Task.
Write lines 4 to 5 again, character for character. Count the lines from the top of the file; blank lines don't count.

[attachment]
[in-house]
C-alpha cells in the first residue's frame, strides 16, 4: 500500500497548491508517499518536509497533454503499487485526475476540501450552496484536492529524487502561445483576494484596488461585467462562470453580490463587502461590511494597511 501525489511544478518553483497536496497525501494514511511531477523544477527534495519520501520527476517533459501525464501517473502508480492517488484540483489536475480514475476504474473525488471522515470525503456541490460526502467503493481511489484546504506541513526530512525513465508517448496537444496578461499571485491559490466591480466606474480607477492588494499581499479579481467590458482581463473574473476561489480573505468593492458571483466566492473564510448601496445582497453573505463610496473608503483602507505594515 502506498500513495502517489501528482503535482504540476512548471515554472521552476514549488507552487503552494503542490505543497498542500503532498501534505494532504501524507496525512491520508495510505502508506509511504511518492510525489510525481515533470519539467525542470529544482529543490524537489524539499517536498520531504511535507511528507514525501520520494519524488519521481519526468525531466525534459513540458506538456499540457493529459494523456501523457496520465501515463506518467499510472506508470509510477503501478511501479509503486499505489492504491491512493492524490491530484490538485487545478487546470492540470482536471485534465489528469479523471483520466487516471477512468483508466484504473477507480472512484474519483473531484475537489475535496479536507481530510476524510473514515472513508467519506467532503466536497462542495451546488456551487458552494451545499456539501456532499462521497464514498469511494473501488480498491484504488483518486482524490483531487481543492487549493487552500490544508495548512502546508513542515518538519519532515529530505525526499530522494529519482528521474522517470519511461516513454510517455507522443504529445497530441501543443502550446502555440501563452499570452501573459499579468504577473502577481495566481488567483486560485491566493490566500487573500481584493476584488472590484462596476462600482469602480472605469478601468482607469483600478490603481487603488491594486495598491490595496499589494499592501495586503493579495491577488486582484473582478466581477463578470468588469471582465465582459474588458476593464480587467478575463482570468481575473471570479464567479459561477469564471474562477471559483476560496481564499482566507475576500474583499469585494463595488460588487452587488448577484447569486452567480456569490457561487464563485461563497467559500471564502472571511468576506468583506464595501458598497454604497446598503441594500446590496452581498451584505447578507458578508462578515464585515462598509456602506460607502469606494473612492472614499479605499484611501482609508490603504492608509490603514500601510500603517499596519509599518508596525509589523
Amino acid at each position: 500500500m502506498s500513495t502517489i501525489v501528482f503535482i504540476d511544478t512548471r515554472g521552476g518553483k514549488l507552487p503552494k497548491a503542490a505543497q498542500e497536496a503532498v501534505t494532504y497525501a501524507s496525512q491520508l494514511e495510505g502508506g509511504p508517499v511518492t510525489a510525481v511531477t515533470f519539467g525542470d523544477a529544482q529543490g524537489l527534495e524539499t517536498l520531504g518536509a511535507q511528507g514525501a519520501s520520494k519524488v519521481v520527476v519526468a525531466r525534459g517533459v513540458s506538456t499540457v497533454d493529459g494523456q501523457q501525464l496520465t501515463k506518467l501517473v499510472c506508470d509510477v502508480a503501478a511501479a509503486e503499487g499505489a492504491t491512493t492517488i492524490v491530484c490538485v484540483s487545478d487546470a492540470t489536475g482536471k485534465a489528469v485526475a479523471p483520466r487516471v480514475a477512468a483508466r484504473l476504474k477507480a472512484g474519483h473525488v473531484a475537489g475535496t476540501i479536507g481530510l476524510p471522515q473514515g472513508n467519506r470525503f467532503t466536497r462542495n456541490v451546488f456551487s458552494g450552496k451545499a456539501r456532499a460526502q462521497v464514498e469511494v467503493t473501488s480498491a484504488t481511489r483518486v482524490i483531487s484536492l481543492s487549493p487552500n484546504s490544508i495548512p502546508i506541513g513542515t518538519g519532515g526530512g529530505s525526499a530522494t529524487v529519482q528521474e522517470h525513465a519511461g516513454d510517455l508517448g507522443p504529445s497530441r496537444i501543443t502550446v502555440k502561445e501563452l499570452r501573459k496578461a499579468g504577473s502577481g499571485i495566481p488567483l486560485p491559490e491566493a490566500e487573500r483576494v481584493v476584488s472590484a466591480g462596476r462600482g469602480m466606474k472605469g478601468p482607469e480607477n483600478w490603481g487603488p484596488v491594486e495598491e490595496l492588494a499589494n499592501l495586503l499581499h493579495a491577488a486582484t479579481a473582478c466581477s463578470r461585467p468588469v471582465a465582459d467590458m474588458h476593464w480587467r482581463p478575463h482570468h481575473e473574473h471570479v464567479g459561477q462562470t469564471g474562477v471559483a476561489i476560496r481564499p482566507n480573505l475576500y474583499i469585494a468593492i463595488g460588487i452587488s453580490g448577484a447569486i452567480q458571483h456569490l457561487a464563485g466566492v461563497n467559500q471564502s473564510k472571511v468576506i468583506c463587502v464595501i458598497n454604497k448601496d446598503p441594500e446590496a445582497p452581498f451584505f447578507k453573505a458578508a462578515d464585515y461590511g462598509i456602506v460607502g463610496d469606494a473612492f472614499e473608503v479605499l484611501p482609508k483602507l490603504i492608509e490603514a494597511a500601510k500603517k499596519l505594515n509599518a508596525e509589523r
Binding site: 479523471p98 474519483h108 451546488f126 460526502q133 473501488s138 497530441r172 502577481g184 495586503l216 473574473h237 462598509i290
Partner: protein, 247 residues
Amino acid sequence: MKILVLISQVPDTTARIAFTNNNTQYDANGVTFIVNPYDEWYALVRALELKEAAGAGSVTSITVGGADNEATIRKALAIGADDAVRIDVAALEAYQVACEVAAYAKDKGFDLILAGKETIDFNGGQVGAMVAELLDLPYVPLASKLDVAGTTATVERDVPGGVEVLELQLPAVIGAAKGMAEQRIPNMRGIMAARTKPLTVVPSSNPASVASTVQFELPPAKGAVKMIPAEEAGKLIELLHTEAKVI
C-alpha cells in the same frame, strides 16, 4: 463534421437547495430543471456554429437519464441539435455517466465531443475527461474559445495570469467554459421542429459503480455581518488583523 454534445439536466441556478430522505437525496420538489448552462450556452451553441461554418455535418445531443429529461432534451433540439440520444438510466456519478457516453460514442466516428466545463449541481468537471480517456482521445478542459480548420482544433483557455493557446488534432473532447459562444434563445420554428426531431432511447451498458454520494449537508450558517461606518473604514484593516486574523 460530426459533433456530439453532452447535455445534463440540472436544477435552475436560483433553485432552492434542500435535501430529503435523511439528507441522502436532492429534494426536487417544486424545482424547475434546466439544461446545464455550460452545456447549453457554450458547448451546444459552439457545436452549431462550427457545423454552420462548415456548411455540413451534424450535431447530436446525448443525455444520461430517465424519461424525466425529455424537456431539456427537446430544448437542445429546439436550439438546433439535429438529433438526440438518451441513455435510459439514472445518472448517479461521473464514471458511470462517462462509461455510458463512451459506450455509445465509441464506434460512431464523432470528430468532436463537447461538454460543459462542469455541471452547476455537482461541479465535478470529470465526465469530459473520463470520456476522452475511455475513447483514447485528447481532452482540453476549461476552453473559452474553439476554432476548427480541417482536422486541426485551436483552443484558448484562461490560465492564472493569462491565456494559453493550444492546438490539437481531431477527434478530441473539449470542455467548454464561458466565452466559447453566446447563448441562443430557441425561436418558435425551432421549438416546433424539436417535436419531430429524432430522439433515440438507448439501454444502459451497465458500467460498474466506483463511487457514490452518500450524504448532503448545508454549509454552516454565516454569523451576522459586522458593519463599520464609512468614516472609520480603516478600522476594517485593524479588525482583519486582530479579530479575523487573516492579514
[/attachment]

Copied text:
Binding site: 479523471p98 474519483h108 451546488f126 460526502q133 473501488s138 497530441r172 502577481g184 495586503l216 473574473h237 462598509i290
Partner: protein, 247 residues